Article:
Just scratching away at a mosquito bite, didn’t mean nothing by it. Oh, did I do some cussing then. That blamed mosquito sent me to my certain doom, and I think that’s kinda what finished us of for that game. We went out there an right quick gave up about a hundred runs or so and we were done for the day.
Like I said, Al, I think this teams snakebit. Or mosquito bit. All I knows I’m killing every one of those rotten things I can find in that dugout tomorrow.
12:00 — Salsa, chips, and cheese — lunch of champions!
12:07 — Say what you will about TBS, I enjoy their “scorecard” graphics.
12:09 — On WGN, they’re interviewing Cubs general manager Jim Hendry, who at one point refers to baseball as “the industry,” which is just a horrible way to refer to baseball, although I’m sure it feels like it from his perspective.
12:16 — Hey, Ken Griffey Jr. is in right field for the Reds! He’s still around?
12:17 — The Reds catcher still has the old Mr. Redlegs design on his mask (well, the old new Mr. Redlegs design, without a mustache, which has now been replaced by the new old Mr. Redlegs design).
12:20 — Ah, the Midwest!
12:25 — Mrs. Owner of the Dodgers is being interviewed at hipster hangout named Barney’s Beanery in West Hollywood, where I’ve been once. Various Dodgers people went to various establishments today to watch the game with the fans. Given the game action on the TVs in the background, I can tell that this interview is not airing live.
12:32 — A woman with a loud and high-pitched voice is sitting very close to a microphone that TBS is using to capture crowd noise, and she’s cheering for Tom Gordon: “Come on, Flash!”
12:41 — At this moment, both the Braves-Phillies and Blue Jays-Tigers games are tied at 3 with 1 out in the bottom of the 9th.
12:44 — At this moment, a cat has jumped onto my lap to watch her beloved Tigers.
12:49 — Tigers and Blue Jays go into extra innings. The Braves-Phillies game already went into extra innings, while I wasn’t paying attention.
12:54 — Bud Selig is in the booth at the White Sox-Indians game. Hawk Harrelson tells him he’s the best commissioner since 1959, with the late Bowie Kuhn second. Uh-huh.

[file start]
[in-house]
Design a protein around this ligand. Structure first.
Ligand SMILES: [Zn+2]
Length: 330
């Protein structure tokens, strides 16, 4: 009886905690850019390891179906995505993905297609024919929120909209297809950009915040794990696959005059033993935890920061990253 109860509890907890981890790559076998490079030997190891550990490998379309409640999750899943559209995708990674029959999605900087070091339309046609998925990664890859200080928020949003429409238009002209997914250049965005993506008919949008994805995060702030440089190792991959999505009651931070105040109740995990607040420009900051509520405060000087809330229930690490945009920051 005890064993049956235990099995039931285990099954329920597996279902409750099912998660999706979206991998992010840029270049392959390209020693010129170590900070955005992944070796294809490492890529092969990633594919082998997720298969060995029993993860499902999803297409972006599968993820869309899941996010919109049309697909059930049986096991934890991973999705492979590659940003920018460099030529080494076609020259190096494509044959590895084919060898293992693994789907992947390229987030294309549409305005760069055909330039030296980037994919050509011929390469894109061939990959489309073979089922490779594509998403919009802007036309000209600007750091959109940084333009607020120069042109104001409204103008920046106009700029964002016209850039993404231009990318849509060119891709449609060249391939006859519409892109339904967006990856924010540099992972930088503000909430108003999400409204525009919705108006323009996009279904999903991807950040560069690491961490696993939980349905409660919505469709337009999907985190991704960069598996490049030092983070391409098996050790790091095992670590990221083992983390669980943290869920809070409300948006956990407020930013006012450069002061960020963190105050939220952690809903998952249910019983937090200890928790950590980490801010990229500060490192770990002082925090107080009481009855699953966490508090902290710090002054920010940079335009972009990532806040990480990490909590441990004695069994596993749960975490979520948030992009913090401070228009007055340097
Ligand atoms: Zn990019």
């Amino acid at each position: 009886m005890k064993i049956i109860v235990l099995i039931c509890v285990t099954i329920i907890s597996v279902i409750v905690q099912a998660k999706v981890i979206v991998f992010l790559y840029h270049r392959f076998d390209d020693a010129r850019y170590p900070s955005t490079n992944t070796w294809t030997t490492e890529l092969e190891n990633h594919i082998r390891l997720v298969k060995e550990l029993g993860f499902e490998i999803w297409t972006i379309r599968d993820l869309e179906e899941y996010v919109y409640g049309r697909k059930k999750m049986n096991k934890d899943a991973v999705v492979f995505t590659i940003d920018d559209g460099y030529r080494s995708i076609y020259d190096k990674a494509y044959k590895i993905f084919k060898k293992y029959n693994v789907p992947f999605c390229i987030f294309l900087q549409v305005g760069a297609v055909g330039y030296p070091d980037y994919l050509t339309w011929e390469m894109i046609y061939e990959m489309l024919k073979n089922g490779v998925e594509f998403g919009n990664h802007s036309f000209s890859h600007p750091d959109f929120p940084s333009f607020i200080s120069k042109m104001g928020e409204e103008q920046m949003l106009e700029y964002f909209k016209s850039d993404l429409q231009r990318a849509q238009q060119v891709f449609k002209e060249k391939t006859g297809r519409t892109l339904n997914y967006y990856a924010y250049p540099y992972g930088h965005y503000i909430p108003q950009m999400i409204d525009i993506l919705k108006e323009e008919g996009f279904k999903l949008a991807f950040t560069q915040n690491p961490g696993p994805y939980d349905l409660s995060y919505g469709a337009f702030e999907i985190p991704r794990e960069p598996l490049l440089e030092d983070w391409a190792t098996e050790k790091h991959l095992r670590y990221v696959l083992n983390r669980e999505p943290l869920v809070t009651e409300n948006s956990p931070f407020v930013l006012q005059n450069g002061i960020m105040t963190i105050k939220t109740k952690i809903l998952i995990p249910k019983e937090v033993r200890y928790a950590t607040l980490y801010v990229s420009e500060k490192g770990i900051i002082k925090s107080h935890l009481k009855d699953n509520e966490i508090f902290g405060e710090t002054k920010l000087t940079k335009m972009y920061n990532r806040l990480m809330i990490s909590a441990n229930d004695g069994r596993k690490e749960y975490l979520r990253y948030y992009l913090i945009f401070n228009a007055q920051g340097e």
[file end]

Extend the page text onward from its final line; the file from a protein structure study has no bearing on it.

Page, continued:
12:57 — W.B. Mason has helpfully added “Office Supplies” to their outfield wall advertising this year. Now we can assume that things there are just like they are at Dunder Mifflin, as seen on TV’s “The Office.”
11:00 — Chicago Cubs at Cincinnati Reds (ESPN 2, WGN, and FSN Ohio)
L.A. Dodgers at Milwaukee Brewers (FSN Prime Ticket)
Cleveland Indians at Chicago White Sox (Comcast SportsNet Chicago)
11:01 — Vin Scully! “And a pleasant good day to you wherever you may be.” Now it really is baseball season.
11:13 — Hey, a new family movie starring Ice Cube! Looks about as good as the Devil Rays.
11:15 — There sure are a lot of car commercials on YES. But I thought no one in New York drove.
11:19 — The Blue Jays caps have a “T” instead of a “J,” I notice. Too bad, because I liked the “J.” Maybe that’s still the home cap.
11:21 — Two female fans in the upper deck of Comerica Park are interviewed. One of them refers to it as “Tiger Stadium” and is quickly corrected by the interviewer.
11:24 — Since the Reds are wearing their new mustachioed Mr. Redlegs patches, perhaps they should all have grown mustaches to match.
11:25 — The Superstation WGN Scoreboard graphic has a problem, I say.
I contend that “Sponsored By:” should either be right-justified so it’s against the sponsor graphic, or that graphic should say “Sponsored by Scotts” (which would work fine even with the graphic there on the right).
11:29 — C.C. Sabathia looks a little large.
11:31 — The White Sox announcers start talking about how one should not judge a book by its cover when it comes to C.C. Sabathia. I guess I’ve been properly chastised! However, Darin Erstad promptly hit a 2-run homer off him to pull the White Sox to within 3 runs in the bottom of the 1st.
11:37 — Chicago mayor Richard M. Daley is in the stands at U.S. Cellular Field, but does not have to be interviewed by someone with a radio mike.
11:39 — The Yankees infield has been a bit error-prone today, which has helped the Devil Rays tie.
11:40 — First appearance of Joe Maddon, coming out for an explanation from the umpire about a player being called out on a bunt that hits him in fair territory.
11:42 — Rocco Baldelli hits an RBI single, and the Devil Rays are leading.
11:44 — Amtrak — the Washington Nationals of transportation!
11:49 — Hey, Dr. Cox from “Scrubs” is in that movie with Ice Cube. Well, John C. McGinley, I mean. I assume he’s not playing the same character he plays on “Scrubs.” Not to be confused with John C. Reilly, who is not to be confused with Andy Richter, who is not to be confused with John Candy.
11:54 — Comcast SportsNet’s “Scores on the Fours” should perhaps be renamed “Scores on Most But Not All of the Fours.”
It occurred to me that
I haven’t been following Tuffy Rhodes’ spring training adventures closely enough. Turns out, alas, the Reds cut him on Sunday after he hit .222 for the spring, and he’s calling it a career. Here’s an in-depth review of that career from the blog Get Up, Baby!